If your school is anything like ours, you are nearing the coveted time called conference night.
You may have already had yours.
I used to solely rely on these times as my time to communicate with Elizabeth’s teacher. But as we all know those 20 minutes or so, given while other parents are lining up in the hall, are not always all we need.
So with that in mind, I had a few suggestions about conference time.
I know that I used to go into the conference time ready to listen. Ready to hear how Elizabeth was doing in the mainstream classes, etc. I was so ready to listen that it did not occur to me to prepare my questions. I would ask them in reference to something the teacher said.
But I learned that I could and should prepare some ahead of time. Because as parent of special needs children, our questions will likely be different or more involved than those who do not.
By this, I mean, know that you will probably need a few extra minutes to talk. Our questions, and their thoughts take a bit extra to cover fully. And I know that allowing for those time will keep everyone much more relaxed. I know that as we would be in our conference, I could feel the pressure to finish as I could see the line of parents, waiting their turn, forming outside the class room. So contacting the teacher ahead of time will only help things go well.
PLAN FUTURE TIMES
If conference day is the first time you have talked to your child’s teacher, then it may be the perfect time for you to ask for more frequent times to talk.
I have learned it is so much better to meet often and this way nothing that is going on at school gets missed and any problems are addressed right away. If your schedule does not allow this, a phone call to talk a bit is great too.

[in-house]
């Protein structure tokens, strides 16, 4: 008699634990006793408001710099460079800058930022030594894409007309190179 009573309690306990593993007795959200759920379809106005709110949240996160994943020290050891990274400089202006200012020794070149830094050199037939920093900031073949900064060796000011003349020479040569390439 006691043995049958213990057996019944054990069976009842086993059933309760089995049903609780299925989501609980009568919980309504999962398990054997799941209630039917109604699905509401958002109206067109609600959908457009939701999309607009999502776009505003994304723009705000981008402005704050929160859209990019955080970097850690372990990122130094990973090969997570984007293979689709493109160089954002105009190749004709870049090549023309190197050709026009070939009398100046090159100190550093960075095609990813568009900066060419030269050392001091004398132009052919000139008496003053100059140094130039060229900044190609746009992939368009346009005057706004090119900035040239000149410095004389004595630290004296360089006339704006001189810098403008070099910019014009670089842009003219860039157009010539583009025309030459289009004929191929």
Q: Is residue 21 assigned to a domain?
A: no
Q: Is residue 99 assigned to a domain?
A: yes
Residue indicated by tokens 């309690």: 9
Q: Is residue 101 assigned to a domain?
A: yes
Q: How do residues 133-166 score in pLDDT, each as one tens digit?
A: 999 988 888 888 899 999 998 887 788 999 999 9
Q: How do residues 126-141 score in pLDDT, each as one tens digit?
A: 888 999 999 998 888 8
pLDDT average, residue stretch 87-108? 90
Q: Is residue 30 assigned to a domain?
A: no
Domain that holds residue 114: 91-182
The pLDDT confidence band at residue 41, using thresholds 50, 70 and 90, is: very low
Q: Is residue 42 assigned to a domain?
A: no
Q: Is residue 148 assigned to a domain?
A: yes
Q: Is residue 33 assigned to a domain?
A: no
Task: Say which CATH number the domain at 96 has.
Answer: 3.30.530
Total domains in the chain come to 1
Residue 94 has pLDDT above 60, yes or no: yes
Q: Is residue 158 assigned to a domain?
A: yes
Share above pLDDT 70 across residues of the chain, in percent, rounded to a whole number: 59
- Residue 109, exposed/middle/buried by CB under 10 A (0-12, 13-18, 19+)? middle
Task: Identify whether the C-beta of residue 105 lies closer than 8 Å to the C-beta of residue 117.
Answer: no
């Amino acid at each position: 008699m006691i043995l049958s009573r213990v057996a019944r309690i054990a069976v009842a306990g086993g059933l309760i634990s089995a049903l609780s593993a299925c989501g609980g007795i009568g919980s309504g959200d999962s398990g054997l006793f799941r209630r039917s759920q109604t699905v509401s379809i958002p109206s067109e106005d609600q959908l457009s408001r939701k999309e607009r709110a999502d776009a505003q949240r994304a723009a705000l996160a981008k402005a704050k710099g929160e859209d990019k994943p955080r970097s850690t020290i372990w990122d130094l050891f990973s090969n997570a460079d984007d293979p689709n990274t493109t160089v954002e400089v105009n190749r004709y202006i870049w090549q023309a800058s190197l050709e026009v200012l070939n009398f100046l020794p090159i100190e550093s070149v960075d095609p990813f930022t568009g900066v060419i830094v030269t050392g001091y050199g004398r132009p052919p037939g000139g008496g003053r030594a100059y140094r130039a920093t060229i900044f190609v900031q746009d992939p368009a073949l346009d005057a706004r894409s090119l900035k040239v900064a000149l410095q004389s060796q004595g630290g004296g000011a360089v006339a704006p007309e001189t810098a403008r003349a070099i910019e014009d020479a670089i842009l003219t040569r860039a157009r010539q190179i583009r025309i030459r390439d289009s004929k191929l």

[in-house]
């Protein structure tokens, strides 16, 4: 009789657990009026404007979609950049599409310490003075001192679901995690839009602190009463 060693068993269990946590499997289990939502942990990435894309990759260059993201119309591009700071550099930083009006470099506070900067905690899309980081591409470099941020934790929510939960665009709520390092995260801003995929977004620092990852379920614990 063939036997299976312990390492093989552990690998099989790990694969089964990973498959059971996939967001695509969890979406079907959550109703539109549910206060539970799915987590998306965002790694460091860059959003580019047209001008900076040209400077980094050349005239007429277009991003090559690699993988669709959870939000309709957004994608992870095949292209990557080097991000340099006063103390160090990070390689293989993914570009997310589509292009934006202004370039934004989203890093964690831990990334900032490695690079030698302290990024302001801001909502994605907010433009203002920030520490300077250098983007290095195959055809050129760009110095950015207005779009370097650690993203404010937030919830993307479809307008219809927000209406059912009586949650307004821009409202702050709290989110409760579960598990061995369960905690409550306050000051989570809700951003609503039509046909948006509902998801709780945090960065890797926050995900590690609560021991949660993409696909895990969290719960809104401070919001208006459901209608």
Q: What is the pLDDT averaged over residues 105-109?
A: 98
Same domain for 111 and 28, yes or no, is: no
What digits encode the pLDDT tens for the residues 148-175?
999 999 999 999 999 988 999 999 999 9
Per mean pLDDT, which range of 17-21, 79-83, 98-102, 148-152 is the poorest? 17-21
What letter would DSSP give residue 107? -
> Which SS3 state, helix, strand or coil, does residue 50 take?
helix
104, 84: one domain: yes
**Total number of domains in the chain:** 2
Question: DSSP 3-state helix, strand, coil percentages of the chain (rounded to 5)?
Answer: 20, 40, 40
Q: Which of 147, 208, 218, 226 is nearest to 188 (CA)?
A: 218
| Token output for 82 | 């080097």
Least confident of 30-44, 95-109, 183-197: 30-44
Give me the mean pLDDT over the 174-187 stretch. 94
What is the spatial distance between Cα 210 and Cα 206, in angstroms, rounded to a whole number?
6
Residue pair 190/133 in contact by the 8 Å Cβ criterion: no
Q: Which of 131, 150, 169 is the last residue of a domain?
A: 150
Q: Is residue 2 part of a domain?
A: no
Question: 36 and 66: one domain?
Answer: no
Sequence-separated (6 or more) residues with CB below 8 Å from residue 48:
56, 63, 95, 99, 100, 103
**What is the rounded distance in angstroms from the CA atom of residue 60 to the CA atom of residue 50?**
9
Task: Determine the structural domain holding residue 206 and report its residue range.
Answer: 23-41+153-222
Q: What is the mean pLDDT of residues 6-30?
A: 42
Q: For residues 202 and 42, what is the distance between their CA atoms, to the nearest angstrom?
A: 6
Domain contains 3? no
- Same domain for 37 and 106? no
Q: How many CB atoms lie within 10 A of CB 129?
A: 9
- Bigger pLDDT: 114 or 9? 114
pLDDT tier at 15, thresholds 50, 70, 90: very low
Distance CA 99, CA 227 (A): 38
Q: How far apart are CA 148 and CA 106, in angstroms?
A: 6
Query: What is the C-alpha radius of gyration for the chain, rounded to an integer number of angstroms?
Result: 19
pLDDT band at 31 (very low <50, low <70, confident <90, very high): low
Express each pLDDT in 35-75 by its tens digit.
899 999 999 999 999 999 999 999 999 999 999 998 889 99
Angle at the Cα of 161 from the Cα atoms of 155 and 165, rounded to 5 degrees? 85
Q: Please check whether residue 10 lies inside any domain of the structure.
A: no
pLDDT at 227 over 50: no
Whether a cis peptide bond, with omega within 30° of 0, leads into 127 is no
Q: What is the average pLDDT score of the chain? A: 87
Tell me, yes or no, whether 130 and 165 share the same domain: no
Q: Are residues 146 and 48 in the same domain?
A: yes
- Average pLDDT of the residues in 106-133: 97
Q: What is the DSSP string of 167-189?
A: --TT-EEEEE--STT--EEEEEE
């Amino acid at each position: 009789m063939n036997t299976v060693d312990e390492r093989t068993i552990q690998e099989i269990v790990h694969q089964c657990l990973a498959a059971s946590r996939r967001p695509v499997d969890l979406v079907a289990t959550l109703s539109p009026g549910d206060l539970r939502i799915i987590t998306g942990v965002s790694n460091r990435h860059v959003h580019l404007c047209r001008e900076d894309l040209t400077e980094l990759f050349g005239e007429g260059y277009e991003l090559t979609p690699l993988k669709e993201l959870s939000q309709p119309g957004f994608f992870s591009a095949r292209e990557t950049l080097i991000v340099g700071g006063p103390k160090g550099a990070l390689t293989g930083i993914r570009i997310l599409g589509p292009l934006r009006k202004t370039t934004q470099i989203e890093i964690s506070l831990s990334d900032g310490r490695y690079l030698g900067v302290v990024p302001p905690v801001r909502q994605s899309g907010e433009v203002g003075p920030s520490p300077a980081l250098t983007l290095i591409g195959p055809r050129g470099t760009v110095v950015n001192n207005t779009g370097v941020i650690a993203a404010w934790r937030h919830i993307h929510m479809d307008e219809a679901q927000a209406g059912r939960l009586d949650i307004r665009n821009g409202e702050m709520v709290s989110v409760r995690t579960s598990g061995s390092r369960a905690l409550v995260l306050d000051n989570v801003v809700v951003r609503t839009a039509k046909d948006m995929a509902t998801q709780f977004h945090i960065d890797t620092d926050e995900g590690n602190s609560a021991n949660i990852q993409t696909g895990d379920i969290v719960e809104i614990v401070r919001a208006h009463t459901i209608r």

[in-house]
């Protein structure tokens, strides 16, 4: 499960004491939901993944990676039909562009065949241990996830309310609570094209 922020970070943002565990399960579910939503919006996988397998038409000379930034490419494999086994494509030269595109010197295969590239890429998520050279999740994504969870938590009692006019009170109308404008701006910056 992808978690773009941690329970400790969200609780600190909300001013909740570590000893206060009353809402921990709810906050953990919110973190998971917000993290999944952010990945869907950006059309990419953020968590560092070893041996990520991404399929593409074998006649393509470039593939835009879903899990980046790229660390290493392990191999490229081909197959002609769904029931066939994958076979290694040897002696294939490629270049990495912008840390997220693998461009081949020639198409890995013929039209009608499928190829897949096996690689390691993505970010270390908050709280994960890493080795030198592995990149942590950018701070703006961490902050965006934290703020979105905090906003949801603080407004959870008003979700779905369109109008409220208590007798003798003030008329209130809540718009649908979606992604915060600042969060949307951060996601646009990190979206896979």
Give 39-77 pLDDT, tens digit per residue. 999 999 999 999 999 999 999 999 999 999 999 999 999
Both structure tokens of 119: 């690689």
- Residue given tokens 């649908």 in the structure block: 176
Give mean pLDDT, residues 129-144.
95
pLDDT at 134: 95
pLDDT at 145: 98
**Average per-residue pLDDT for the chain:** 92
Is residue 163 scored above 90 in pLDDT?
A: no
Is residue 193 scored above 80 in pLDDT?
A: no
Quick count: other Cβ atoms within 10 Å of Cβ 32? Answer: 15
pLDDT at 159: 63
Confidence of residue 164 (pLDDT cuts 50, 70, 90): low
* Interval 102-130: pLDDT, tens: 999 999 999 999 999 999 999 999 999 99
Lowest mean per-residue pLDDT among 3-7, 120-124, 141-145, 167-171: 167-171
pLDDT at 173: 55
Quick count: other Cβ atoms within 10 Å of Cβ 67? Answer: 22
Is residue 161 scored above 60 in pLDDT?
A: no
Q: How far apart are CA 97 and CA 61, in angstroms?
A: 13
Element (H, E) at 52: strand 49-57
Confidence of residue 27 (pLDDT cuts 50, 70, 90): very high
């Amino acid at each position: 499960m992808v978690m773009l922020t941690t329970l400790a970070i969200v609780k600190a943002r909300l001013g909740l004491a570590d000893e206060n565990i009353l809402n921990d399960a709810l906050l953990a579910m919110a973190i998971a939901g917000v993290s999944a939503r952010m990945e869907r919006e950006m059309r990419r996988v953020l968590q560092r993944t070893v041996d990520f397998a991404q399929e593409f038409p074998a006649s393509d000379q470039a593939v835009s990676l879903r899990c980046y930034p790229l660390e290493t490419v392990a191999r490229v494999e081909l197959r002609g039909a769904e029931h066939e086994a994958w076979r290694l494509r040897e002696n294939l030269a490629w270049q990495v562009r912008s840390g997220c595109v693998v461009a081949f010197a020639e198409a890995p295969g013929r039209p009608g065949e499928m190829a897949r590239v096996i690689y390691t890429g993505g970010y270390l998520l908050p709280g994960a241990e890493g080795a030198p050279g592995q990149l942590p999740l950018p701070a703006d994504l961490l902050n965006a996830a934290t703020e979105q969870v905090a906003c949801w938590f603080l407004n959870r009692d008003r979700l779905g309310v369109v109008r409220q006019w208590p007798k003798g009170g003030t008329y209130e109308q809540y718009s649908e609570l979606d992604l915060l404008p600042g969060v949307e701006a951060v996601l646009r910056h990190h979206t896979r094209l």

CONTACT THE THERAPISTS
When I worked as a school nurse, I was required to be at the school for every conference night. Did I have many people visit me? No. But those that needed to usually had an important health concern to share or discuss. The same holds true for all the therapists our children see at the school.
They may not be available on conference night but by contacting them, you can schedule a conference time with them to discuss any concerns or just get an update.
Part of my massive amount of paper that make up my “Elizabeth file” comes from my note taking on conference times, bi-weekly meeting times and notes I made about concerns. If I feel like reviewing any part of her life, I can find those records.
So if you make notes or have questions, keep them organized. You can use them to see progress, remember what you talked about previously and keep them for referencing later.
Because with all that life brings, I don’t want to try to remember all the details of a meeting that was two months ago.
Just for the record, I still did all the above things with Elizabeth until her graduation last June. It always made it easy to keep good relationships going and let the educators know you were a team.
I hope some of these will help you as you work with and for your child.
I wish everyone a peaceful month!
Michele Gianetti is a mom of three, registered nurse, and published author (“I Believe in You,” “Emily’s Sister”). She writes for TalkTools Blog every month about her experience caring for Elizabeth, her daughter with Sensory Processing Disorder and Dyspraxia. Follow her story since the beginning here.